Over a year after the international protests following George Floyd and Breonna Taylor’s killings, criminal justice reform and police accountability remain essentially the same. The promise of the George Floyd Justice in Policing Act remains unfulfilled, as a bipartisan negotiation team has stalled.
According to Politico, Sens. Cory Booker, Tim Scott, and Rep. Karen Bass may be moving toward an agreement less than what was originally promised. The update suggests any change to qualified immunity could be off the table.
Qualified immunity refers to a doctrine generally used to excuse police misconduct. It creates a high burden to overcome to hold individual police accountable for their actions.
Democrats in Congress seem to be tinkering around the edges instead of passing bold reforms, allowing for public safety to become politicized. After months of being baited into a race to prove who loves the police more, Booker and other Democrats caved to a recent Republican ploy that would punish cities that seek to reinvest excessive police expenditures into other needed programs.
Recently, officials found the killing of Kevin Peterson, a 21-year-old Black man killed by Clark County police, was justified. Peterson was shot in the back after police attempted to apprehend him. In a stunning turn of events, the local prosecutor held the police didn’t have to wait for Peterson to attempt to use a weapon; his running could justify deadly force.
This is just one of many examples of deference to police judgment without real interrogation of the reasonableness of such actions. Local news reported the family’s frustration with the outcome.
“Our laws do not allow an officer to shoot a suspect for running away,” family attorney Mark Lindquist said in a statement obtained by the outlet. “In his own interview, Deputy Anderson admits he shot Kevin because he wasn’t obeying commands and wouldn’t stop running. The deputy says, ‘I kinda just drew the line in the sand … I’ve given suspect enough commands. If he takes another step, I’m gonna shoot him.’”
Officers kill, often without impunity, and are shielded by a legal system that considers all behavior reasonable as the default.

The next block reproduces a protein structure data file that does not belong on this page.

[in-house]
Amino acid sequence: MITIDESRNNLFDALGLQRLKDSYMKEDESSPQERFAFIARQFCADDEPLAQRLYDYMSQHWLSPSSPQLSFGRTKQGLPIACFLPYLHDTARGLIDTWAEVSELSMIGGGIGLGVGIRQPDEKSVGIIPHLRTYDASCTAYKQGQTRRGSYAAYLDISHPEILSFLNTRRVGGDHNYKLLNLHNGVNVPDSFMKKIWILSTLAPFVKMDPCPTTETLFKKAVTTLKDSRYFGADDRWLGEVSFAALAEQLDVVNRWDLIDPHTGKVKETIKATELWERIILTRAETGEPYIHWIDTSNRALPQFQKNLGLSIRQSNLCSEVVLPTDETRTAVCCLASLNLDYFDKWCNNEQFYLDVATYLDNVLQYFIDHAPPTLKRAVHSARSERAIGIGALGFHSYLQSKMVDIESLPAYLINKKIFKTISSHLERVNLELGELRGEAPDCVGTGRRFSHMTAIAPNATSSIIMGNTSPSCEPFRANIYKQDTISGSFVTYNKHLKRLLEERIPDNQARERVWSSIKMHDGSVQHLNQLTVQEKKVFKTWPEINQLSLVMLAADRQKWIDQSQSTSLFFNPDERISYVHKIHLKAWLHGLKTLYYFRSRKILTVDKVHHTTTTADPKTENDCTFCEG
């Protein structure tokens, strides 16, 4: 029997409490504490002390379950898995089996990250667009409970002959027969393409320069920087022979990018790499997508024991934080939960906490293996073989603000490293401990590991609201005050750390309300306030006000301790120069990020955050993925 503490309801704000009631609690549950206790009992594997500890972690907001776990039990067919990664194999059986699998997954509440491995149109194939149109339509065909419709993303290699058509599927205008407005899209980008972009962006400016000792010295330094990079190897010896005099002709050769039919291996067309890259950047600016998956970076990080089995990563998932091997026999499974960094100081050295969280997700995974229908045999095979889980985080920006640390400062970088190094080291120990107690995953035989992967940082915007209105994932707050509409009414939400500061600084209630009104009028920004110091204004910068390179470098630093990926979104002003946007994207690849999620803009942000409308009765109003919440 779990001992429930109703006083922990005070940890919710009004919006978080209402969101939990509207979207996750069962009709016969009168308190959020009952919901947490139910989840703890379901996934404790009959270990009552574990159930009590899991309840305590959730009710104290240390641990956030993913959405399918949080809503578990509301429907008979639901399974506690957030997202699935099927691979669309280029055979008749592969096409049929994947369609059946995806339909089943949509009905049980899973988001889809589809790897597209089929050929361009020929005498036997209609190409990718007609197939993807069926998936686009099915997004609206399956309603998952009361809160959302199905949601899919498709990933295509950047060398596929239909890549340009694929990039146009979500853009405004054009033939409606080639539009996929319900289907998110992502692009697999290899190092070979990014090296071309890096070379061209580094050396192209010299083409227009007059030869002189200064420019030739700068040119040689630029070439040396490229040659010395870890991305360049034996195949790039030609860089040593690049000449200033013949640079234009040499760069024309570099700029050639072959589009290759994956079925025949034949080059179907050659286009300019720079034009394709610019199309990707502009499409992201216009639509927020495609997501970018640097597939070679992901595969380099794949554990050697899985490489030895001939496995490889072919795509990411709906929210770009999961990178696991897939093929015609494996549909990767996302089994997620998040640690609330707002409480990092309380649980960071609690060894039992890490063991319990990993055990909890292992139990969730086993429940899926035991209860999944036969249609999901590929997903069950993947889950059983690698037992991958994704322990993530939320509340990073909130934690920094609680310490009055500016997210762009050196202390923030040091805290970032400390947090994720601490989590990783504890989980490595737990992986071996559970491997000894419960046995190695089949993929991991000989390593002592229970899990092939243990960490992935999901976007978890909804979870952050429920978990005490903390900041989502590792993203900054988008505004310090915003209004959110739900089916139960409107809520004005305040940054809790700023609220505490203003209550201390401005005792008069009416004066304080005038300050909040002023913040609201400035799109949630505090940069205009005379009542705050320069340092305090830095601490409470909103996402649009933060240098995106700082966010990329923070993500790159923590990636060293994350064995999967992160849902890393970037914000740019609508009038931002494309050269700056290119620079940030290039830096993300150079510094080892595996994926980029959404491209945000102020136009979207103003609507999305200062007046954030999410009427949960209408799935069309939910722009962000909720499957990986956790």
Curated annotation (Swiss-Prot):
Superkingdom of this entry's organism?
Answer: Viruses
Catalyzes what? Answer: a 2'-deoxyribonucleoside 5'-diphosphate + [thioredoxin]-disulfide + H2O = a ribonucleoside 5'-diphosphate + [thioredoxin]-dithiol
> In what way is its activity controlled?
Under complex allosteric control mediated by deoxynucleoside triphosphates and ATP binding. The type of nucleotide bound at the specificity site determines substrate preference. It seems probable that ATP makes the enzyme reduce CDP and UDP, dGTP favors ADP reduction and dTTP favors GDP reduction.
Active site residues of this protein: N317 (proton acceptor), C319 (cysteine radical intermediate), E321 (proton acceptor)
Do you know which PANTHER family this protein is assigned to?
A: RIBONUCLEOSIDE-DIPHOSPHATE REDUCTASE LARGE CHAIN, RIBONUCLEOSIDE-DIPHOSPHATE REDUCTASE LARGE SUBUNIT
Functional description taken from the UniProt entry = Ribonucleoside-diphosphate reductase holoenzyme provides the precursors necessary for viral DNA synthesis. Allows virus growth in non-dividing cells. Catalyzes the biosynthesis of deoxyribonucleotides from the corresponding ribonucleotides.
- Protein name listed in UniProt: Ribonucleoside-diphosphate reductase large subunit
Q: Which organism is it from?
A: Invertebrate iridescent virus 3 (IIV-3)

While federal legislation drags on, local groups like Mass Liberation Arizona and the African American Roundtable in Milwaukee push for accountability in their respective cities. The Liberate MKE campaign is pushing for community input in the upcoming city budget to have more equitable expenditures on needed community services like health care.
Members of Mass Liberation Arizona raised issues with the limited scope of a Department of Justice investigation that does not also consider impropriety of the local prosecutor.
“The absence of the Maricopa County Attorney’s Office in this investigation and the collusion between MCAO and PPD is a glaring omission,” read a statement from the organization. “Maricopa County Attorney, Allister Adel, and her office’s unconstitutional and malicious prosecution of its political opponents are integral to any investigation of misconduct by law enforcement in Phoenix. It is the unholy union between these two agencies that has terrorized communities and is at the heart of the complaints the DOJ is here to investigate.”
A week after the investigation was announced, the Phoenix ABC affiliate broke the news that the Phoenix police trumped up charges to harass protestors claiming they were involved in gang activity when there was no such evidence.
A group of former and current prosecutors wrote a letter to President Joe Biden requesting he prioritize pledged prosecutorial reforms. As reported by the Associated Press, this group stressed that the conversations around criminal justice reform had not addressed the role of prosecutors nearly enough.
“We haven’t seen a national focus on the work of local prosecutors, who were in many ways the driver of damage that has been done over the decades, but in many ways in recent years in isolated jurisdictions are the source of reform and inspiration,” Miriam Aroni Krinsky, founder and executive director of the group Fair and Just Prosecution and also a former federal prosecutor, said in an interview.
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